Physicist: Nothing really.
Complex numbers are very useful for streamlining a lot of different types of math, generalizing ideas, and “closing” the real numbers. In quantum theory you’ll find that on the most fundamental level the universe seems to prefer complex numbers to real numbers.
But you can’t use them to count or measure stuff for crap, so most people can live long happy lives without being particularly bothered by complex numbers. If you can call that living.
Mathematician: There are many ways to view complex numbers, but one of the most intuitive is to think of them as representing points in the plane. Doing so will allow us to interpret basic arithmetic operations like addition and multiplication as performing geometric manipulations.
How does this work? Well, every complex number z can be written as where x and y are real numbers, and i is the square root of -1. We can then think of z as a point on the (x,y) plane with x being the position along the horizontal (i.e. real) axis, and y the position along the vertical (i.e. imaginary) axis. To understand the operation of adding and multiplying complex numbers though, we need to think about them slightly differently.
If we choose, we can treat complex numbers as vectors rather than points. That means that now represents not the point (x,y) but rather, the directed line segment which extends from (0,0) in the complex plane to (x,y) in the complex plane (unless otherwise stated we will assume here that our vectors are emanating from the origin (0,0)). You can think of a vector as simply representing a magnitude (or length) and a direction. The line segment extending from (1,2) to (-4,5) is the same as the one extending from (-4,5) to (1,2), but the vectors represented would be different because they would be pointing in opposite directions. Vectors are often drawn as arrows.
Once we have the vector notion of a complex number, we can think about adding complex numbers as adding vectors. For example, if we have
Hence, is the vector in the complex plane that extends from (0,0) to . Note that is the point we get to if we piggy back vectors z1 and z2 and then follow them both. By this I mean that we translate (i.e. move without rotating or stretching) z2 so that its beginning is at the end of z1, and then we follow the path consisting of the two vectors until we get to the (new) end of z2. However, since , we can also piggy back z1 at the end of z2 to get the same result. A slightly different view is achieved if we think of our first number as being a vector, and our second number as being a point. In this case, simply corresponds to moving the point by the distance and direction represented by the vector .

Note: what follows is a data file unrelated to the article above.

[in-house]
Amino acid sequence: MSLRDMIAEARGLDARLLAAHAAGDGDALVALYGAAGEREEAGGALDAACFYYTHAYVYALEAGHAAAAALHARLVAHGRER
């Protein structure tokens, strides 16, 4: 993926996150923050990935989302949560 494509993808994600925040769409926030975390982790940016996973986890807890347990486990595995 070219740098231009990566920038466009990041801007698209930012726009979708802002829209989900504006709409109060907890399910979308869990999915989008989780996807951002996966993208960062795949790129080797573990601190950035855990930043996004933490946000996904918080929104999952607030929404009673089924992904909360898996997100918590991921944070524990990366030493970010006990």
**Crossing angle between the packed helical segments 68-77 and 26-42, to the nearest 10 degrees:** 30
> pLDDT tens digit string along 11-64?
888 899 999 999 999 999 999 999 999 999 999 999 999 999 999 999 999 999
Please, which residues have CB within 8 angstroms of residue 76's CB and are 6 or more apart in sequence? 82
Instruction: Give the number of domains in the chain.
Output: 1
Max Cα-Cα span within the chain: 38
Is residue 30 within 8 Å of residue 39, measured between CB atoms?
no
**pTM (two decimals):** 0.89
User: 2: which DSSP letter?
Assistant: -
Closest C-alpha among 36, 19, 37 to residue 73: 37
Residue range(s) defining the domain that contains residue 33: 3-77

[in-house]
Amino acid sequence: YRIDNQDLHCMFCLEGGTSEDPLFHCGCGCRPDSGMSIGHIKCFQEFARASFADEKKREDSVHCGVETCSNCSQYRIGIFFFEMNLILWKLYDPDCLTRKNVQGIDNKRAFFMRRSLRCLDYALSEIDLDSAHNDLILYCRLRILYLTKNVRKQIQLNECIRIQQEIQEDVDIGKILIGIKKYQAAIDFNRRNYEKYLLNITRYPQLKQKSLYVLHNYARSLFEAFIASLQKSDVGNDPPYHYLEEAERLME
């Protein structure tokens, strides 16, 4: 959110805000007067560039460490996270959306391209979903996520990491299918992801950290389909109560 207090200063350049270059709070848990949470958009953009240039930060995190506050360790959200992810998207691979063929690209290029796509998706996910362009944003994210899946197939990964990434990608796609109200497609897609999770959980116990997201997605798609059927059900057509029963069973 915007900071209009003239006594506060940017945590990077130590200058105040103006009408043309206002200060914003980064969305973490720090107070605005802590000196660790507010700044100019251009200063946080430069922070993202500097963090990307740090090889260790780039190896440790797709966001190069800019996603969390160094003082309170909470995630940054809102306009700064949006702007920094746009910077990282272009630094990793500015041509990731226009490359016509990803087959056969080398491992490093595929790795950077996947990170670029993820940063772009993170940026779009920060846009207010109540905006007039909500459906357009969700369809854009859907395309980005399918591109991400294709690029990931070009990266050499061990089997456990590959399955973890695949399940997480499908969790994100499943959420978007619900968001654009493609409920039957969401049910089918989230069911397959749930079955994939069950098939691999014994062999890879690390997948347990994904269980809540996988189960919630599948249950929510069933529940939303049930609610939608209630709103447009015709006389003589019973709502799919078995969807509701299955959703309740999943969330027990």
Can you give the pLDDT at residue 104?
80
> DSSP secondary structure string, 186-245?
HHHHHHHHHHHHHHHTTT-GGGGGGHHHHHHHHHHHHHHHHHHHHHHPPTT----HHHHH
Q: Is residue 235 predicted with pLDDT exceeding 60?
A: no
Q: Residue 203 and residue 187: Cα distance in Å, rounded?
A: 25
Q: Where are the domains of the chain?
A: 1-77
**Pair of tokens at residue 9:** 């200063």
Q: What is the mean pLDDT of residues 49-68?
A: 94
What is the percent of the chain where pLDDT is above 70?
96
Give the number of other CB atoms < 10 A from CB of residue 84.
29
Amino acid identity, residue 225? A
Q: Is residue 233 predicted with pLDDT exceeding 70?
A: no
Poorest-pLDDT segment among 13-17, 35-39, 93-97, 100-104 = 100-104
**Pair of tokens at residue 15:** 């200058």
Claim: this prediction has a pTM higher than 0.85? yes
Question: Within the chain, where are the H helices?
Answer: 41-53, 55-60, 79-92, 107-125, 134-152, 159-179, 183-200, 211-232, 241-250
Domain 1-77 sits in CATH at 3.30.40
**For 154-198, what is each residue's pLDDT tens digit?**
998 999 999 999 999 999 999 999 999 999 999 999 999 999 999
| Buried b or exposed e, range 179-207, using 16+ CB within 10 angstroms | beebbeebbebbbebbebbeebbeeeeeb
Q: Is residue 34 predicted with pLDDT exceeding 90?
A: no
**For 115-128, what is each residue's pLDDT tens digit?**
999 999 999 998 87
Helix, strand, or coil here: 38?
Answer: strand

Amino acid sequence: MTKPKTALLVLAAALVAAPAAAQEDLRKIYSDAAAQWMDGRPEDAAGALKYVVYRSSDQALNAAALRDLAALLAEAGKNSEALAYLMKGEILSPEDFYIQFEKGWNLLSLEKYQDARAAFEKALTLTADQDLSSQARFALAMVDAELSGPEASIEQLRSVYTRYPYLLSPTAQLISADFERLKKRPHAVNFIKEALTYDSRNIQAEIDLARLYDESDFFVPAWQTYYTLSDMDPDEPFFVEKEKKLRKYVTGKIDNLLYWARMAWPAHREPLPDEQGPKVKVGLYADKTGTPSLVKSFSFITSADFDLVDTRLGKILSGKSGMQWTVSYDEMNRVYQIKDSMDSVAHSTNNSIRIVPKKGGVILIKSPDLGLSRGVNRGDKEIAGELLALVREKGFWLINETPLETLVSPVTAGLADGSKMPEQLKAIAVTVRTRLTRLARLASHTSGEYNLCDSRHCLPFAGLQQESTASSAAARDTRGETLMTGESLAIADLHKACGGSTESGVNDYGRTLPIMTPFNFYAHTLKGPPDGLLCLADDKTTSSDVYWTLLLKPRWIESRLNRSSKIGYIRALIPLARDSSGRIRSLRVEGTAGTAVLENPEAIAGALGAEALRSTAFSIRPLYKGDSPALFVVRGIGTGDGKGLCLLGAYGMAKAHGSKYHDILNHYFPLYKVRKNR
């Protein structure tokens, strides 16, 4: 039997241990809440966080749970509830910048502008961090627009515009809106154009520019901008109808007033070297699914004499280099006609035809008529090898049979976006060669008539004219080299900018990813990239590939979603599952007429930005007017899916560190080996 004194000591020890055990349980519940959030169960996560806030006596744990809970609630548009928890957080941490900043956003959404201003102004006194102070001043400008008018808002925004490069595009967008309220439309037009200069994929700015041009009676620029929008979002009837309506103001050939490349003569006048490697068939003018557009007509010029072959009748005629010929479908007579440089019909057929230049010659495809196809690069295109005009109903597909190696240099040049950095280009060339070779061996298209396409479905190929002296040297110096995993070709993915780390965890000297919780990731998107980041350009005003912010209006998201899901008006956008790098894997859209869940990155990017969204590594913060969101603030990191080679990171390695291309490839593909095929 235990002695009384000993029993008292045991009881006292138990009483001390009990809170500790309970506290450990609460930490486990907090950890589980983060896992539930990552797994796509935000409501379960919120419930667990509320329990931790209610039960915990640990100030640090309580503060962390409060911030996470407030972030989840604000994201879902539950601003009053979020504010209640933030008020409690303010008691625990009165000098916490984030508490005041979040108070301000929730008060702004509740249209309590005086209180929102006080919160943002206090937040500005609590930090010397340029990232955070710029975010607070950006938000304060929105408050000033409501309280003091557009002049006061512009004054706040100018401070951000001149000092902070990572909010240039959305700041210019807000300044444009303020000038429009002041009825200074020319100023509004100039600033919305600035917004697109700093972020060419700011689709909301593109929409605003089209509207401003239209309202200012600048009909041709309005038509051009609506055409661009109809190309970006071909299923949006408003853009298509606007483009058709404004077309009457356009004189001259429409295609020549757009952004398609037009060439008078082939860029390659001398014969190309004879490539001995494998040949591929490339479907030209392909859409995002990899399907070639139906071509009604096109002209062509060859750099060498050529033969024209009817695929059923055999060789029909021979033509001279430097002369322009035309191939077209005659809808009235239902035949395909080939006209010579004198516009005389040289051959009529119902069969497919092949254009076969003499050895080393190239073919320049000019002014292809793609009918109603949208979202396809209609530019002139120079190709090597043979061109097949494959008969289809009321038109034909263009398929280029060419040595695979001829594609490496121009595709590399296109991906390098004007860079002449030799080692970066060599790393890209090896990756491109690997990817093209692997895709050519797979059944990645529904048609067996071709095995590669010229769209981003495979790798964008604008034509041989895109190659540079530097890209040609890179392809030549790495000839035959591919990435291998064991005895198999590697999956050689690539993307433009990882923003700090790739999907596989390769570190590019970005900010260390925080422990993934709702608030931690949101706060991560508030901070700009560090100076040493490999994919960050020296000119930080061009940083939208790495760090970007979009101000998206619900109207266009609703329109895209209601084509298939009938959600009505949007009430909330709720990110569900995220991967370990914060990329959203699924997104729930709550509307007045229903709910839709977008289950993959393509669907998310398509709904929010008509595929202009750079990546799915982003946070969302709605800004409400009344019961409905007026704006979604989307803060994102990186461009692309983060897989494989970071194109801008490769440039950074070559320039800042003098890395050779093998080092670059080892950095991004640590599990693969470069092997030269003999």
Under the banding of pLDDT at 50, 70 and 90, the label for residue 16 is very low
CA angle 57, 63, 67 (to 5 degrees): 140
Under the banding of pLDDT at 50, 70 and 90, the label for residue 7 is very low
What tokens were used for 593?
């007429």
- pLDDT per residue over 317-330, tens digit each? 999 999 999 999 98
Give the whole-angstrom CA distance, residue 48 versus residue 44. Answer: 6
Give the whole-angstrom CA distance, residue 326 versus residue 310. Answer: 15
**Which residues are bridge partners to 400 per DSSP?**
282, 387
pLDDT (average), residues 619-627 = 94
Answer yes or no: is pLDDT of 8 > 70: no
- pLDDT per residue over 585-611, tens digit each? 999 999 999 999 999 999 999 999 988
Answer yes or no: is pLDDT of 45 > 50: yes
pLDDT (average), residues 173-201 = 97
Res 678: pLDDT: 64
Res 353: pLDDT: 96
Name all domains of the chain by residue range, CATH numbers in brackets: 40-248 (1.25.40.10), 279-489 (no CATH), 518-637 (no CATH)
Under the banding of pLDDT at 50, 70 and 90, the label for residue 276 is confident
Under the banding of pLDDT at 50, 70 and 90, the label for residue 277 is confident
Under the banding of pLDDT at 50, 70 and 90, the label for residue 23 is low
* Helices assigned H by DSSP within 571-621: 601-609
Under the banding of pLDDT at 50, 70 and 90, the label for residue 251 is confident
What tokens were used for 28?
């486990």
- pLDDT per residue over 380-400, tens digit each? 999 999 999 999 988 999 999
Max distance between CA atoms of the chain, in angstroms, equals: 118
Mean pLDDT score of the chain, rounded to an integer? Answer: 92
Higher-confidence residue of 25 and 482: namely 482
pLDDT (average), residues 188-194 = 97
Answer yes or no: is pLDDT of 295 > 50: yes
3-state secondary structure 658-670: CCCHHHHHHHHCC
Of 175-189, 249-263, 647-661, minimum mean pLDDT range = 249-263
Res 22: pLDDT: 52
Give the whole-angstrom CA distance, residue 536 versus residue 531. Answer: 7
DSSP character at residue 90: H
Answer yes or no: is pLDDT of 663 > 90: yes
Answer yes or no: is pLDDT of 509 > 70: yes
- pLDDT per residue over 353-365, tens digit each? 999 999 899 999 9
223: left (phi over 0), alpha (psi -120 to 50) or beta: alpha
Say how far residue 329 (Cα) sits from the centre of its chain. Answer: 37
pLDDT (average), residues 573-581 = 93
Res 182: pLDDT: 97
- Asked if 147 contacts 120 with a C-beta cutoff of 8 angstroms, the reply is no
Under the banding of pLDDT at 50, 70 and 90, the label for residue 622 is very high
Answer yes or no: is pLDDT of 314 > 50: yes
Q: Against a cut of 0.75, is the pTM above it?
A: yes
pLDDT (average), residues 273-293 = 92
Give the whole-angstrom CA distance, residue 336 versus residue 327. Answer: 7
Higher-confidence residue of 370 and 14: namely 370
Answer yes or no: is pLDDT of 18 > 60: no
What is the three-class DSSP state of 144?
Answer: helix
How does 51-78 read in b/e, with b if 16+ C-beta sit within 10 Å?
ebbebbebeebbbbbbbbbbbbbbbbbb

Alright, so addition of complex numbers can be thought of as adding vectors in the complex plane (or moving a point by the distance and direction stored in a vector), but what the heck does multiplication do? Well, to understand multiplication we need yet another geometric way of thinking about complex numbers.
First though, we make a quick (and relevant) aside. For any complex number z, we have by definition that the absolute value of z satisfies
which is precisely the formula for the distance between the point (0,0) and the point (x,y). Hence, measures the length of the vector that z represents. Now, according to Euler’s formula, we have that for any real number
hence is a complex number since it is the sum of a real and imaginary number. In particular, we have
That means that any complex number representable in this form must have a distance of 1 from the origin. In other words, such numbers represent points on the unit circle, or equivalently, vectors of length 1 extending from the origin. As it turns out, all vectors in the complex plane with length 1 can be represented in this form. But what angle does each of these vectors point at? Well, we compute the angle of the line segment (0,0) to (x,y) with respect to the horizontal axis using . In our case though, since and this gives:
Hence, the complex number represents a vector of length 1 pointed at angle . Similarly, for any non-negative number r, we have that the complex number
represents a vector of length r pointed at angle . This provides a new way of thinking about a complex number: as a vector specified by its length and angle. What happens when we multiply two such numbers and together? Well, we have
Hence, is a new complex number representing a vector of length pointed at angle . Therefore, we can think of the action of multiplying as causing the vector to stretch by a factor of and rotate by an angle .
Hence, to recap, we can view complex numbers geometrically as representing points or vectors in the complex plane. If we do this, then adding complex numbers corresponds to adding together vectors, or equivalently, moving the point that the second complex number represents along the vector that the first complex number represents. On the other hand, we can think of multiplication of complex numbers as corresponding to scaling and rotating the second complex number in the multiplication by the length and angle inherent in the first complex number. Finally, we note that taking the absolute value of a complex number corresponds to measuring the length of the corresponding vector. Therefore, one way to view complex numbers is as a means for converting geometric operations (translation, rotation, scaling) into algebraic operations (adding, multiplication) and back again. As you might imagine, this can be extremely useful!